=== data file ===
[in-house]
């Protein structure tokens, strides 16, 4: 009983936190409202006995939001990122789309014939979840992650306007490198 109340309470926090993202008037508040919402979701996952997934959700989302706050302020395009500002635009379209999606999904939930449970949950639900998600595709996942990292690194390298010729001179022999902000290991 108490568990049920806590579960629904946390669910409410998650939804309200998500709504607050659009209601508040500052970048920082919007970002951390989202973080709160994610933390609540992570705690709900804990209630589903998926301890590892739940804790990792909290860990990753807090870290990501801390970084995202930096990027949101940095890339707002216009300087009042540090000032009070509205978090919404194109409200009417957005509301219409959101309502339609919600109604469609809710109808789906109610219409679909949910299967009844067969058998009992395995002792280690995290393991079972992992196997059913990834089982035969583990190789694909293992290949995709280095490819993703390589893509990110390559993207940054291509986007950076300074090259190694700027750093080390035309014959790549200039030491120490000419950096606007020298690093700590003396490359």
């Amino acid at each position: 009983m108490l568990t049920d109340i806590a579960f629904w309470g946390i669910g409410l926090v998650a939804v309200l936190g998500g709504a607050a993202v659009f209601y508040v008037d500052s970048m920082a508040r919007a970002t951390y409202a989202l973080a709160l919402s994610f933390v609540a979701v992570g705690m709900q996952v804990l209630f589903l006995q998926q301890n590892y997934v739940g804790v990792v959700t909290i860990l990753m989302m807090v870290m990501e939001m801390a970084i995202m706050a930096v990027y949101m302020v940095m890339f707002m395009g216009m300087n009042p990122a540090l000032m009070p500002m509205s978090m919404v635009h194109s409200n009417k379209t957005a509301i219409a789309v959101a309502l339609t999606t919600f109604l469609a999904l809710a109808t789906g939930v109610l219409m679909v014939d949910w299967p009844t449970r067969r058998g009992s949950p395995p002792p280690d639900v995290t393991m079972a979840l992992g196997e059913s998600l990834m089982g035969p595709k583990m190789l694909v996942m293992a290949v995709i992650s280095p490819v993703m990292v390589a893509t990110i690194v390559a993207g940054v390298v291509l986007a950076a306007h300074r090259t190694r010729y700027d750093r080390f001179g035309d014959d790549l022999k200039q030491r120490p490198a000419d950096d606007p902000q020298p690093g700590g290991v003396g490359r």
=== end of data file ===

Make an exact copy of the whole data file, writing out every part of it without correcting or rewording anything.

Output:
[in-house]
């Protein structure tokens, strides 16, 4: 009983936190409202006995939001990122789309014939979840992650306007490198 109340309470926090993202008037508040919402979701996952997934959700989302706050302020395009500002635009379209999606999904939930449970949950639900998600595709996942990292690194390298010729001179022999902000290991 108490568990049920806590579960629904946390669910409410998650939804309200998500709504607050659009209601508040500052970048920082919007970002951390989202973080709160994610933390609540992570705690709900804990209630589903998926301890590892739940804790990792909290860990990753807090870290990501801390970084995202930096990027949101940095890339707002216009300087009042540090000032009070509205978090919404194109409200009417957005509301219409959101309502339609919600109604469609809710109808789906109610219409679909949910299967009844067969058998009992395995002792280690995290393991079972992992196997059913990834089982035969583990190789694909293992290949995709280095490819993703390589893509990110390559993207940054291509986007950076300074090259190694700027750093080390035309014959790549200039030491120490000419950096606007020298690093700590003396490359």
């Amino acid at each position: 009983m108490l568990t049920d109340i806590a579960f629904w309470g946390i669910g409410l926090v998650a939804v309200l936190g998500g709504a607050a993202v659009f209601y508040v008037d500052s970048m920082a508040r919007a970002t951390y409202a989202l973080a709160l919402s994610f933390v609540a979701v992570g705690m709900q996952v804990l209630f589903l006995q998926q301890n590892y997934v739940g804790v990792v959700t909290i860990l990753m989302m807090v870290m990501e939001m801390a970084i995202m706050a930096v990027y949101m302020v940095m890339f707002m395009g216009m300087n009042p990122a540090l000032m009070p500002m509205s978090m919404v635009h194109s409200n009417k379209t957005a509301i219409a789309v959101a309502l339609t999606t919600f109604l469609a999904l809710a109808t789906g939930v109610l219409m679909v014939d949910w299967p009844t449970r067969r058998g009992s949950p395995p002792p280690d639900v995290t393991m079972a979840l992992g196997e059913s998600l990834m089982g035969p595709k583990m190789l694909v996942m293992a290949v995709i992650s280095p490819v993703m990292v390589a893509t990110i690194v390559a993207g940054v390298v291509l986007a950076a306007h300074r090259t190694r010729y700027d750093r080390f001179g035309d014959d790549l022999k200039q030491r120490p490198a000419d950096d606007p902000q020298p690093g700590g290991v003396g490359r």